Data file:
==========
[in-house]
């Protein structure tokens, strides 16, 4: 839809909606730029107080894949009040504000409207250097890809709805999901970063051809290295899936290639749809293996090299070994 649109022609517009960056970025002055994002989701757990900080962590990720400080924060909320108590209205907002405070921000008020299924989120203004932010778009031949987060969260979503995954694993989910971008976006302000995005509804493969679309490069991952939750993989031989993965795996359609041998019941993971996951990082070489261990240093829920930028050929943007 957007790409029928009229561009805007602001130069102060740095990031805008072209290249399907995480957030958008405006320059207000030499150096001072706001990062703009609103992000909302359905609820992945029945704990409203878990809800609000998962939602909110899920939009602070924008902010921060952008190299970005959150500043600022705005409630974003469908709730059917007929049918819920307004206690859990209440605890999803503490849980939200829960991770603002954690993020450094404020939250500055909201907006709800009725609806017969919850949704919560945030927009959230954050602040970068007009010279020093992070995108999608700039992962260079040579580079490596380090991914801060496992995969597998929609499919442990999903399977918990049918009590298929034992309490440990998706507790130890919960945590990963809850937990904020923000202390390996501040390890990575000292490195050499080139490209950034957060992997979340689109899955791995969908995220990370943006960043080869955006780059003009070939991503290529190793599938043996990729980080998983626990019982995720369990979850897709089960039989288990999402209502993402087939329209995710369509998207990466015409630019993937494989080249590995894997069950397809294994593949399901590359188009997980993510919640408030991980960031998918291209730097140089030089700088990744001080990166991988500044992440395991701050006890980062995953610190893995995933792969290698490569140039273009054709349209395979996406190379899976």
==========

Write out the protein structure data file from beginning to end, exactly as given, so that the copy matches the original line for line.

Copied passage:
[in-house]
């Protein structure tokens, strides 16, 4: 839809909606730029107080894949009040504000409207250097890809709805999901970063051809290295899936290639749809293996090299070994 649109022609517009960056970025002055994002989701757990900080962590990720400080924060909320108590209205907002405070921000008020299924989120203004932010778009031949987060969260979503995954694993989910971008976006302000995005509804493969679309490069991952939750993989031989993965795996359609041998019941993971996951990082070489261990240093829920930028050929943007 957007790409029928009229561009805007602001130069102060740095990031805008072209290249399907995480957030958008405006320059207000030499150096001072706001990062703009609103992000909302359905609820992945029945704990409203878990809800609000998962939602909110899920939009602070924008902010921060952008190299970005959150500043600022705005409630974003469908709730059917007929049918819920307004206690859990209440605890999803503490849980939200829960991770603002954690993020450094404020939250500055909201907006709800009725609806017969919850949704919560945030927009959230954050602040970068007009010279020093992070995108999608700039992962260079040579580079490596380090991914801060496992995969597998929609499919442990999903399977918990049918009590298929034992309490440990998706507790130890919960945590990963809850937990904020923000202390390996501040390890990575000292490195050499080139490209950034957060992997979340689109899955791995969908995220990370943006960043080869955006780059003009070939991503290529190793599938043996990729980080998983626990019982995720369990979850897709089960039989288990999402209502993402087939329209995710369509998207990466015409630019993937494989080249590995894997069950397809294994593949399901590359188009997980993510919640408030991980960031998918291209730097140089030089700088990744001080990166991988500044992440395991701050006890980062995953610190893995995933792969290698490569140039273009054709349209395979996406190379899976």